Another violent reception
By Sun Xiaochen (China Daily)
BEIJING - China is fast becoming known for "basketbrawl" and not basketball after another ugly scuffle erupted in the fourth quarter of an exhibition game between the Chinese Basketball Association (CBA) club Foshan Longlions and Australian league team the Melbourne Tigers on Tuesday.
According to Chinese media reports, an Australian guard intentionally fouled Foshan forward Zheng Zhun in protest of the officiating as Foshan led 109-105 with 20 seconds left in the final period. Zheng's teammates fought back, and the two sides exchanged punches and kicks. The game was forced to end prematurely and the spectators were shocked.
The Longlions released an apology on their website on Wednesday and said the teams had reconciled.
"We feel so sorry for the fans and the Australian side for the reckless behavior during the match. We have taken the necessary efforts to avoid further negative effects of the incident, and both sides have reached full understanding and forgiveness," said the statement.
On Wednesday afternoon, the Chinese Basketball Association imposed a one-week suspension of competition and training for the team. Its officials and all the players that involved were ordered to hand in written self-criticism to the sport's authority.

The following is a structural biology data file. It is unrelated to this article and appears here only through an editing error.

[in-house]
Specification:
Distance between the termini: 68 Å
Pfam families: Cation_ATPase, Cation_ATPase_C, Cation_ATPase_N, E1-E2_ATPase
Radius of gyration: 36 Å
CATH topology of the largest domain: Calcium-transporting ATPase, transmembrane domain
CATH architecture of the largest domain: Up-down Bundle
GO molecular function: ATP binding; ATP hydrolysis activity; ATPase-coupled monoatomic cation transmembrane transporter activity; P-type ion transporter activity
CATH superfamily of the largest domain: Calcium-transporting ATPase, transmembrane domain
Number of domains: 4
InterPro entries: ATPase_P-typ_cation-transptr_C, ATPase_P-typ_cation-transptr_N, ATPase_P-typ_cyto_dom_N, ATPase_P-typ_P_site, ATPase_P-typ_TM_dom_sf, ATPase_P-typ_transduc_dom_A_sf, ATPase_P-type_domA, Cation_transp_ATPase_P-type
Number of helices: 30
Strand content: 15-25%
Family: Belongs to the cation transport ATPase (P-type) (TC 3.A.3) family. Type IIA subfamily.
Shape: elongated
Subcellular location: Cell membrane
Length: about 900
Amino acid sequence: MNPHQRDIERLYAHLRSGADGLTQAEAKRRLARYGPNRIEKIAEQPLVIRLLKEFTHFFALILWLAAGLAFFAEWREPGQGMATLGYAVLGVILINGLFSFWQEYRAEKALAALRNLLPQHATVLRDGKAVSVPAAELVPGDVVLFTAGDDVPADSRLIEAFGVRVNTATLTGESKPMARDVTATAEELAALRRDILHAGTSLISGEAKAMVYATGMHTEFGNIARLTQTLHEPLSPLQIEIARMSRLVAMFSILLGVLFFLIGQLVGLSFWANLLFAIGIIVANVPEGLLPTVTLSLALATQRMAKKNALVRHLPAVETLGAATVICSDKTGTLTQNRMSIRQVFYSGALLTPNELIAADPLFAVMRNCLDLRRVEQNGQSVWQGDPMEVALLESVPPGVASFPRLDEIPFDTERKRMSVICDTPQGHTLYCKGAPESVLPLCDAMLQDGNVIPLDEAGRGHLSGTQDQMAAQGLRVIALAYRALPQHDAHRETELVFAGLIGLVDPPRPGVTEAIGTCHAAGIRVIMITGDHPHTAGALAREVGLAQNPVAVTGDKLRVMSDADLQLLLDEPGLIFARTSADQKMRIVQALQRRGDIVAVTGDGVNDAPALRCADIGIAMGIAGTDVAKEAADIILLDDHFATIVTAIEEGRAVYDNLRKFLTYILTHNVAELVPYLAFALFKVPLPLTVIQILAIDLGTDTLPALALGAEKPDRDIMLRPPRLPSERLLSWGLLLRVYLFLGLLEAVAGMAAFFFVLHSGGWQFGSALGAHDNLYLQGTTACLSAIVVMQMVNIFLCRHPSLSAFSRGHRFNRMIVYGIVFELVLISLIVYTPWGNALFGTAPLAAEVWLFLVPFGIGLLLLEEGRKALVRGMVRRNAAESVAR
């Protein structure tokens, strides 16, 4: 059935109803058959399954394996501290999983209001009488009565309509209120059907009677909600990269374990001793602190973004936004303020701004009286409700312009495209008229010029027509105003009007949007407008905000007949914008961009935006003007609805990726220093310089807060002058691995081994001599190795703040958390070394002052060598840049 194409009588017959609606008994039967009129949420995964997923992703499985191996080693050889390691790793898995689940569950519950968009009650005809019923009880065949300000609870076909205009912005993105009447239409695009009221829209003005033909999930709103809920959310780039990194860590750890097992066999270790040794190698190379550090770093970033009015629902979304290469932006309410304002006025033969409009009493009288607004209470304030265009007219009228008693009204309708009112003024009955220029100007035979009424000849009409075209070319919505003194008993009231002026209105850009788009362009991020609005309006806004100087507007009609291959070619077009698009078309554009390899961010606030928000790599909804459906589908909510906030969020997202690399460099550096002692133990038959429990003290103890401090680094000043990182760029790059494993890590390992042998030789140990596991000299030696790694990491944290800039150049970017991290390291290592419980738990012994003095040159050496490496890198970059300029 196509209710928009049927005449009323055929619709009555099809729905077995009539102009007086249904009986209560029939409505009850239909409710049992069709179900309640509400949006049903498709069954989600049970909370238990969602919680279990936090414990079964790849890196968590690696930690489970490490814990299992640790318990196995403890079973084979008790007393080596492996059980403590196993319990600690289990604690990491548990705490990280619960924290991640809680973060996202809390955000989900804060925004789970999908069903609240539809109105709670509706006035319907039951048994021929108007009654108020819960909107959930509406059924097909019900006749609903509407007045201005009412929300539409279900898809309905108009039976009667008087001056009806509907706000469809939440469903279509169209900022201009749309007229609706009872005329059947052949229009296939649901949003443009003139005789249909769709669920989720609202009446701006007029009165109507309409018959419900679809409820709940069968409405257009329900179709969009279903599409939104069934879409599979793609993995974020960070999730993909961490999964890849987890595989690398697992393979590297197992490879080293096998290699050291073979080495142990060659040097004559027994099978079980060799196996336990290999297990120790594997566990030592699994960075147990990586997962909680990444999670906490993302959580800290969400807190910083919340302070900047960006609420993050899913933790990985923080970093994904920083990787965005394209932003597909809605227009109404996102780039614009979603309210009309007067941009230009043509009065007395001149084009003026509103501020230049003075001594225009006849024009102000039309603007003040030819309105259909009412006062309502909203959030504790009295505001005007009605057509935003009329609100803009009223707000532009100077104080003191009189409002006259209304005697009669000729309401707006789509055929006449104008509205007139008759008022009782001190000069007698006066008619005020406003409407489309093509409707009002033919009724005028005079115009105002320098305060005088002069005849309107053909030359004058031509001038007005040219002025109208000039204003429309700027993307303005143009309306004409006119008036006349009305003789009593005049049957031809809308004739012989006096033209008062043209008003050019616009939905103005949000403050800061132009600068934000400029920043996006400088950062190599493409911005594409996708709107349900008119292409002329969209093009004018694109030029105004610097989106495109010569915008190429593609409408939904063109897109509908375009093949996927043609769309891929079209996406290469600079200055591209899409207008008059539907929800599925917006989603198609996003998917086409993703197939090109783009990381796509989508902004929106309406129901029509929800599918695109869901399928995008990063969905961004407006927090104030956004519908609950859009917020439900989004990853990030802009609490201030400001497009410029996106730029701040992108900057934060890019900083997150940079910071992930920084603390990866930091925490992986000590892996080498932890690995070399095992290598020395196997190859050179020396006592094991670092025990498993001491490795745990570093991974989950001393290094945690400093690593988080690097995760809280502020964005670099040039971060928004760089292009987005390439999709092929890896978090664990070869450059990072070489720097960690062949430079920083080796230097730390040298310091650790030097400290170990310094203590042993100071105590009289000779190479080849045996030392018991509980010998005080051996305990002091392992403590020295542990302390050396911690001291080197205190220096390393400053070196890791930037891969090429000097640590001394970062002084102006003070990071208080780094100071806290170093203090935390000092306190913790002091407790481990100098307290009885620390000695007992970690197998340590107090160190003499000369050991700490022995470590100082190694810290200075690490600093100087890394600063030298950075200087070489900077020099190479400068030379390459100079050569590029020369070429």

Despite the apology and the punishment, a history of reckless acts has damaged the international image of Chinese basketball.
Two months ago, a brawl erupted between another CBA team, the Bayi Rockets, and the NCAA's Georgetown Hoyas on Aug 18 in a friendly game during United States Vice President Joe Biden's China visit.
Last October, the Chinese national team's Asian Games warm-up against Brazil was marred by a fight that left several players hurt. FIBA, the sport's world governing body, imposed suspensions and fines on China's head coach, Bob Donewald, and some of the players.
The China team also fought visiting US all-star teams in 2001 and 2003, and the Lebanon national team at the 2001 Asian Basketball Championships. At the Stankovic Cup in 2005, China received a fine totaling $176,000 for an ugly melee with Puerto Rico.
"Although a fight won't be triggered by a single side. This is a very bad influence on China's basketball. Treating your guests like this ... who will come to play in China in the future?" said a Sohu.com comment.